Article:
MT_203_Unit_8_Chapter_15

MT_203_Unit_8_Chapter_15 - © S T O N E / G E T T Y I M A G...

Info iconThis preview shows pages 1–4. Sign up to view the full content.

View Full Document Right Arrow Icon

Info iconThis preview has intentionally blurred sections. Sign up to view the full version.

View Full DocumentRight Arrow Icon

Info iconThis preview has intentionally blurred sections. Sign up to view the full version.

View Full DocumentRight Arrow Icon
This is the end of the preview. Sign up to access the rest of the document.

Unformatted text preview: © S T O N E / G E T T Y I M A G E S chapter PART 6 Expanding Human Resources Management Horizons 639 International Human Resources Management 15 Identify the types of organizational forms used for competing internationally. After studying this chapter, you should be able to Explain the economic, political- legal, and cultural factors in different countries that HR managers need to consider. Explain how domestic and international HRM differ. Discuss the staffing process for individuals working internationally. Identify the unique training needs for international assignees and their employees. Identify the characteristics of a good international compensation plan. Reconcile the difficulties of home- and host-country performance appraisals. Explain how labor relations differ around the world. o b j e c t i v e 1 1 o b j e c t i v e 2 2 o b j e c t i v e 3 3 o b j e c t i v e 4 4 o b j e c t i v e 5 5 o b j e c t i v e 6 6 o b j e c t i v e 7 7 o b j e c t i v e 8 8 hen you pick up a newspaper or turn on the TV, you’ll notice that stories are constantly being told about companies competing glob- ally. These stories might include mergers of U.S. and international companies, such as Daimler-Benz and Chrysler a few years ago. Or they might highlight companies expanding into other markets, such as Starbucks in Asia or Wal-Mart in Mexico. Or the stories might focus on international companies gaining dominance here in the United States, such as Sony or Toyota. “No matter what kind business you run, no matter what size you are, you’re suddenly competing against companies you’ve never heard of all around the world that make a very similar widget or provide a very similar service,” as one global manager put it. In fact, nearly three- quarters of HR professionals from companies large and small in a wide range of industries and countries say they expect their company’s international busi- ness to grow in the coming years. 1 Some of these companies are handling the challenge well. Others are failing miserably as they try to manage across borders. More often than not, the difference boils down to how people are managed, the adaptability of cultures, and the flexibility of organizations. Up until this point in the book, we have emphasized HRM practices and systems as they exist in the United States. This is not so much an oversight on our part as it is a deliberate decision to explain the HR practice in the most fundamental manner pos- sible. Nonetheless, the topic of international HRM is so important that we wanted to dedicate an entire chapter to its discussion. In this chapter we will observe that much of what has been discussed throughout this text can be applied to international oper- ations, provided one is sensitive to the requirements of a particular interna- tional setting....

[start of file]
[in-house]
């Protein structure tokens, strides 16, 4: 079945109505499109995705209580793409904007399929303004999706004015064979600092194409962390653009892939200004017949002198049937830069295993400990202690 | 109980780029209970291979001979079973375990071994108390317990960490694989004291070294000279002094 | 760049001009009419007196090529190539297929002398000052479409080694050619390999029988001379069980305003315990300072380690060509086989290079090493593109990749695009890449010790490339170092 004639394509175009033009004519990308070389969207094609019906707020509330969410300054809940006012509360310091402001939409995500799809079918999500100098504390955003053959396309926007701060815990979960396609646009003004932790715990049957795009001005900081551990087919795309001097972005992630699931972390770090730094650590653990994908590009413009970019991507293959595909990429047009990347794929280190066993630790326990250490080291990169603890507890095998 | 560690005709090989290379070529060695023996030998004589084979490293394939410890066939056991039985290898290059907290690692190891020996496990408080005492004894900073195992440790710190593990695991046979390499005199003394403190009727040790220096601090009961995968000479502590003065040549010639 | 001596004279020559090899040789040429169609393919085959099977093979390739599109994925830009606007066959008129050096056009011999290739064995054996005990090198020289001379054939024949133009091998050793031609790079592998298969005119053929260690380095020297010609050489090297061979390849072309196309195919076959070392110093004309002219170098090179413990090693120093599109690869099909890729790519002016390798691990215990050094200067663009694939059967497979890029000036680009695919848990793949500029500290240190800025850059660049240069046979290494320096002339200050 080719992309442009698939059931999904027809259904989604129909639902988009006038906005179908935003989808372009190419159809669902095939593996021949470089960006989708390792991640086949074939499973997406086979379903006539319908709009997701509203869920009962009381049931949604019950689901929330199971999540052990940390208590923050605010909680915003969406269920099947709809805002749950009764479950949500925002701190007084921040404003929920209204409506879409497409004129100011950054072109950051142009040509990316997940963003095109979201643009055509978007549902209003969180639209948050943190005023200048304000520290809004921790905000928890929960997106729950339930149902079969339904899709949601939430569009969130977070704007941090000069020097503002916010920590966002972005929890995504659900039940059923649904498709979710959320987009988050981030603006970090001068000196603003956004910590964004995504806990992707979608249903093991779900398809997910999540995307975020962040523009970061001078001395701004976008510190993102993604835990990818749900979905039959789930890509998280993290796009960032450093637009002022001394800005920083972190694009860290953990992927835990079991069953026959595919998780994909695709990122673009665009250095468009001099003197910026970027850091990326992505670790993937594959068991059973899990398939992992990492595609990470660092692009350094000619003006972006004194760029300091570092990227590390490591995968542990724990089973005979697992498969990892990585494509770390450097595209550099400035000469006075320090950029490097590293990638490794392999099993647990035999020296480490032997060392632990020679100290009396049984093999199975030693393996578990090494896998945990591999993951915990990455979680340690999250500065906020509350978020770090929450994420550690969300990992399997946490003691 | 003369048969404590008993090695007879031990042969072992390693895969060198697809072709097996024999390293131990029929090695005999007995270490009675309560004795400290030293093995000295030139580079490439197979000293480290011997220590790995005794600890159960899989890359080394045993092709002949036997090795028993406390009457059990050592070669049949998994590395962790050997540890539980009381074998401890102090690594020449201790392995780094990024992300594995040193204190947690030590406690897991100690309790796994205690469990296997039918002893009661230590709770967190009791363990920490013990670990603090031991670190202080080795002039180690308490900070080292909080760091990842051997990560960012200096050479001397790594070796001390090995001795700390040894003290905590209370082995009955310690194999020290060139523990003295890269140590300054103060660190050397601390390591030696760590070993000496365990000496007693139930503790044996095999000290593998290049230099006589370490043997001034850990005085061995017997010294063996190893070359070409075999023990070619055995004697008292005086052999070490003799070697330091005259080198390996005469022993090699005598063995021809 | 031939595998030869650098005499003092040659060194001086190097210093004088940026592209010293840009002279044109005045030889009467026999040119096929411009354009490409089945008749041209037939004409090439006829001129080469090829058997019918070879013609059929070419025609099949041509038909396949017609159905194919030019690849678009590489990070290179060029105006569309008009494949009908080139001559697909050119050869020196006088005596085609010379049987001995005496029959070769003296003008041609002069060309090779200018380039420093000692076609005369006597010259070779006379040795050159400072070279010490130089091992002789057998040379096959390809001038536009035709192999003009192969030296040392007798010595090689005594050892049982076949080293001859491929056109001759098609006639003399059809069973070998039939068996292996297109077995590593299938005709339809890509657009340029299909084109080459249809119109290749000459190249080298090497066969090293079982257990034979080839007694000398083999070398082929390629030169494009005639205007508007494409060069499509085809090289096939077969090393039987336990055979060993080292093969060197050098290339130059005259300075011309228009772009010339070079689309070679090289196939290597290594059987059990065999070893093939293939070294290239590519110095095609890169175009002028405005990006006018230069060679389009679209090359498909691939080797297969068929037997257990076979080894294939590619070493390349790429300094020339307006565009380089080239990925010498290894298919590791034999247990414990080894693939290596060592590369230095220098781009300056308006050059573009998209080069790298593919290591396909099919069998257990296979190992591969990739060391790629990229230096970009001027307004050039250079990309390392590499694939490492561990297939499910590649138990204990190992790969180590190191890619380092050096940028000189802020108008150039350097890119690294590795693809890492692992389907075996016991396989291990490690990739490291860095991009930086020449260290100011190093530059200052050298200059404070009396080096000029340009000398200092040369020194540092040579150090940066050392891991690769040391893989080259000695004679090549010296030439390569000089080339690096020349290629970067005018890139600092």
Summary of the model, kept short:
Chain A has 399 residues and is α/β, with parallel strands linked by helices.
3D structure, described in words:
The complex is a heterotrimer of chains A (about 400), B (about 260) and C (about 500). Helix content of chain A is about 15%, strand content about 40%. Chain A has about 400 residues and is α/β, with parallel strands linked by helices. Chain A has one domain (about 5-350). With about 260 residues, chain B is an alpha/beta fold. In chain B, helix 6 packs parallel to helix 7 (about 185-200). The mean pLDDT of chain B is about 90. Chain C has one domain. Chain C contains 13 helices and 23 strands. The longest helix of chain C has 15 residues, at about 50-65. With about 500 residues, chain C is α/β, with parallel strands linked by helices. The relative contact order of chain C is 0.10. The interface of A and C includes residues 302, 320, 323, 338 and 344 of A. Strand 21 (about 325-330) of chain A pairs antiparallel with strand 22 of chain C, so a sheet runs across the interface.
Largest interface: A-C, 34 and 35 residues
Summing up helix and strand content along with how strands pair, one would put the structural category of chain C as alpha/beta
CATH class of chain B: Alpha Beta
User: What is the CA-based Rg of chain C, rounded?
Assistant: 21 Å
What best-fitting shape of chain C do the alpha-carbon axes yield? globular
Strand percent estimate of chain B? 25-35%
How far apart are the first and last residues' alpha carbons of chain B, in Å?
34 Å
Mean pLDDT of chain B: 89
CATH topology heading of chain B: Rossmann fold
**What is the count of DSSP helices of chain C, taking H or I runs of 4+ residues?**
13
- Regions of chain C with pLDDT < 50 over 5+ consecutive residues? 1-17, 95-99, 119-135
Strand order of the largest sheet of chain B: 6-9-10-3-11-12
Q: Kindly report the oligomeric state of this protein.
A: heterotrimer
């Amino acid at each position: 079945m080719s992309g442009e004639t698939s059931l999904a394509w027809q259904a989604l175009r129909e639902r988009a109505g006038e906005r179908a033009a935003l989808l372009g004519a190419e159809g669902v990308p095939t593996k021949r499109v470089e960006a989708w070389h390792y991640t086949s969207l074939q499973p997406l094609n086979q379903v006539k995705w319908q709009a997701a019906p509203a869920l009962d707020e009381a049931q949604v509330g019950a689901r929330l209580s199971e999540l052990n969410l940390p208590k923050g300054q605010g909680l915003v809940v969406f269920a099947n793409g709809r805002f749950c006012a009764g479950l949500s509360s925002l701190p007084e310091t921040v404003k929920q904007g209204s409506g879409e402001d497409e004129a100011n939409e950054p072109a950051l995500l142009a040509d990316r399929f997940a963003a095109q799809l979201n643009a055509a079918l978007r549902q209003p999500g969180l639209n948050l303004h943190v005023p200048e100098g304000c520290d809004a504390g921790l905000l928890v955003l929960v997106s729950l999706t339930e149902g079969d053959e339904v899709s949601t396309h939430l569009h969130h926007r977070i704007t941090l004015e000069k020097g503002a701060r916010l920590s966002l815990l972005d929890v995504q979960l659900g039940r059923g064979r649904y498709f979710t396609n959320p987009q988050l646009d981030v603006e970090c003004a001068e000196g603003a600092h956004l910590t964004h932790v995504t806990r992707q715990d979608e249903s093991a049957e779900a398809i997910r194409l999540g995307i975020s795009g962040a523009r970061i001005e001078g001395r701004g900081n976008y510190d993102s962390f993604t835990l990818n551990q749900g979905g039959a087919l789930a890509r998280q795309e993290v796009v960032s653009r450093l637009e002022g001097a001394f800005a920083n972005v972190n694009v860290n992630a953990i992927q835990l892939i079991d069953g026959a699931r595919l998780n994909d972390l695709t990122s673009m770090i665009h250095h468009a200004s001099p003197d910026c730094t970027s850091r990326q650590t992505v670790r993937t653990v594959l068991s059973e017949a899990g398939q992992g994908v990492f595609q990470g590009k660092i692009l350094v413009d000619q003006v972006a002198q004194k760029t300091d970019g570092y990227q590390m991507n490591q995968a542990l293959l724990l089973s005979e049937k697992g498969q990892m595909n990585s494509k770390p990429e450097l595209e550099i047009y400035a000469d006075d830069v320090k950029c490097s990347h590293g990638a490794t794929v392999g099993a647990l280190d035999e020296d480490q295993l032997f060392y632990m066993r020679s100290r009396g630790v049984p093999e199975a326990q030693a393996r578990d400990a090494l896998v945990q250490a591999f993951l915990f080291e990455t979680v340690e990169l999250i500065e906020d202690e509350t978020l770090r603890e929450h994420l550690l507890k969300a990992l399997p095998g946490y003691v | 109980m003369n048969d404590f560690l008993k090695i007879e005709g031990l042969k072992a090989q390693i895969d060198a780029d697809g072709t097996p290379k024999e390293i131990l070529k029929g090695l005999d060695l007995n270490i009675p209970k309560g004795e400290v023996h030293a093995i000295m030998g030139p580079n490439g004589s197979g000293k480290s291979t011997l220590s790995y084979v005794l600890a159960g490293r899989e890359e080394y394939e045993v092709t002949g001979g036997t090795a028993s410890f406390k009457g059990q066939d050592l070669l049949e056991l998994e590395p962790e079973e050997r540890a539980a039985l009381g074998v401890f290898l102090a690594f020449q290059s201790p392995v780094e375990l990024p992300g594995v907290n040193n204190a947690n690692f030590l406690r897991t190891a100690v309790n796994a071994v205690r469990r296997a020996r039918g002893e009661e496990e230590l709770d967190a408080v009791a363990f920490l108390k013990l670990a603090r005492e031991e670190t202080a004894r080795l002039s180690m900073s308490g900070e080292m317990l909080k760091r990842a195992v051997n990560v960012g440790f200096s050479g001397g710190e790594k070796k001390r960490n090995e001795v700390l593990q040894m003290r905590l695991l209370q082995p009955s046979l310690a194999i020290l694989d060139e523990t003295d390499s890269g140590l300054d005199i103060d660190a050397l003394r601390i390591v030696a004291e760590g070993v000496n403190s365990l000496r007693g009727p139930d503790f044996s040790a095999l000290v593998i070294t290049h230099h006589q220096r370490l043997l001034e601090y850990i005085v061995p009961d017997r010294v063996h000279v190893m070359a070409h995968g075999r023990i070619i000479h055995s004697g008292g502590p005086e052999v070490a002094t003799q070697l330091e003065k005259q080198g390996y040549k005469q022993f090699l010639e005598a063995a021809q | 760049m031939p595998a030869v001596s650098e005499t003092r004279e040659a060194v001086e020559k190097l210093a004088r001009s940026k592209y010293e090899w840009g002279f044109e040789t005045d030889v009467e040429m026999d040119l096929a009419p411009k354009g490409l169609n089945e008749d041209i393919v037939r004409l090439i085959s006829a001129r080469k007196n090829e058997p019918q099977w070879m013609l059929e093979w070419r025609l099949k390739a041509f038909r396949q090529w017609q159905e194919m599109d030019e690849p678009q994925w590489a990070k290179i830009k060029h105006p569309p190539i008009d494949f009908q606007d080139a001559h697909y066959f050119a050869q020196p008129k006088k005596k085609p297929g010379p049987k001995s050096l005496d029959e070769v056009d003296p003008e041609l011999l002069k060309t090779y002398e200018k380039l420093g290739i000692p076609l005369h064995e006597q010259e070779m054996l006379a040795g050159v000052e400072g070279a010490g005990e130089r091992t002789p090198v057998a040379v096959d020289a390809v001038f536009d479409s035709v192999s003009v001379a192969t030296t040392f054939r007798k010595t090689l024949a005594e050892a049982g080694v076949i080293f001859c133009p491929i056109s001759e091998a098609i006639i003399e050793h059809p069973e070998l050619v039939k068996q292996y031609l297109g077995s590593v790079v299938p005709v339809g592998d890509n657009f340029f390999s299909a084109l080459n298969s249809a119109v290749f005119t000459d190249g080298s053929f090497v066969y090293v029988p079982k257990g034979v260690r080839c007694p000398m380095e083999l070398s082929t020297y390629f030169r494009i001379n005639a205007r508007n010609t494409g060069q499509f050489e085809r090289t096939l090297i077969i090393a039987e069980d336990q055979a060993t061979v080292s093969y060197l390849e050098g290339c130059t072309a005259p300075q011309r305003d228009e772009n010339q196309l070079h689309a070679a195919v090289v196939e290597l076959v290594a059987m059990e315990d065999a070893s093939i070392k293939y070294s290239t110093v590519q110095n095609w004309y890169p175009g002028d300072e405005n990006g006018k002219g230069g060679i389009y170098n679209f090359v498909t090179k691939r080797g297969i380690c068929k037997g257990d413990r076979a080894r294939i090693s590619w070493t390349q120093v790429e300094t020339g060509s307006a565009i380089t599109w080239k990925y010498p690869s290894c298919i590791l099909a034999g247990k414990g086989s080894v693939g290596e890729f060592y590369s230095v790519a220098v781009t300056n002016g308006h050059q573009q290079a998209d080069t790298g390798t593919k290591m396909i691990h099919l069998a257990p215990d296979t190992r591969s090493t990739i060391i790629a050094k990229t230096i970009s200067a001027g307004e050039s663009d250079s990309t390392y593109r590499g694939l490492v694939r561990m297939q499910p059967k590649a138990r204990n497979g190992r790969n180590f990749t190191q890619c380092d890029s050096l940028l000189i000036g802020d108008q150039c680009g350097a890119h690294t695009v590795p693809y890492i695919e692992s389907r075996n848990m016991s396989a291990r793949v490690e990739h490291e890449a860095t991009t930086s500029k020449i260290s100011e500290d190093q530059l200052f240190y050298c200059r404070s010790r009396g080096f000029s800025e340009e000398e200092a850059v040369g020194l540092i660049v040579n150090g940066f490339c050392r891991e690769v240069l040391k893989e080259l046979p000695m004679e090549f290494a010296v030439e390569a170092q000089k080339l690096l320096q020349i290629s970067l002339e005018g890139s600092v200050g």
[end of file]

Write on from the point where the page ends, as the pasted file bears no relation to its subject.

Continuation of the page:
View Full Document

This note was uploaded on 05/18/2010 for the course MT Marketing taught by Professor Jgh during the Spring '10 term at Kaplan University.

Page1 / 50

MT_203_Unit_8_Chapter_15 - © S T O N E / G E T T Y I M A G...

This preview shows document pages 1 - 4. Sign up to view the full document.

View Full Document Right Arrow Icon
Ask a homework question - tutors are online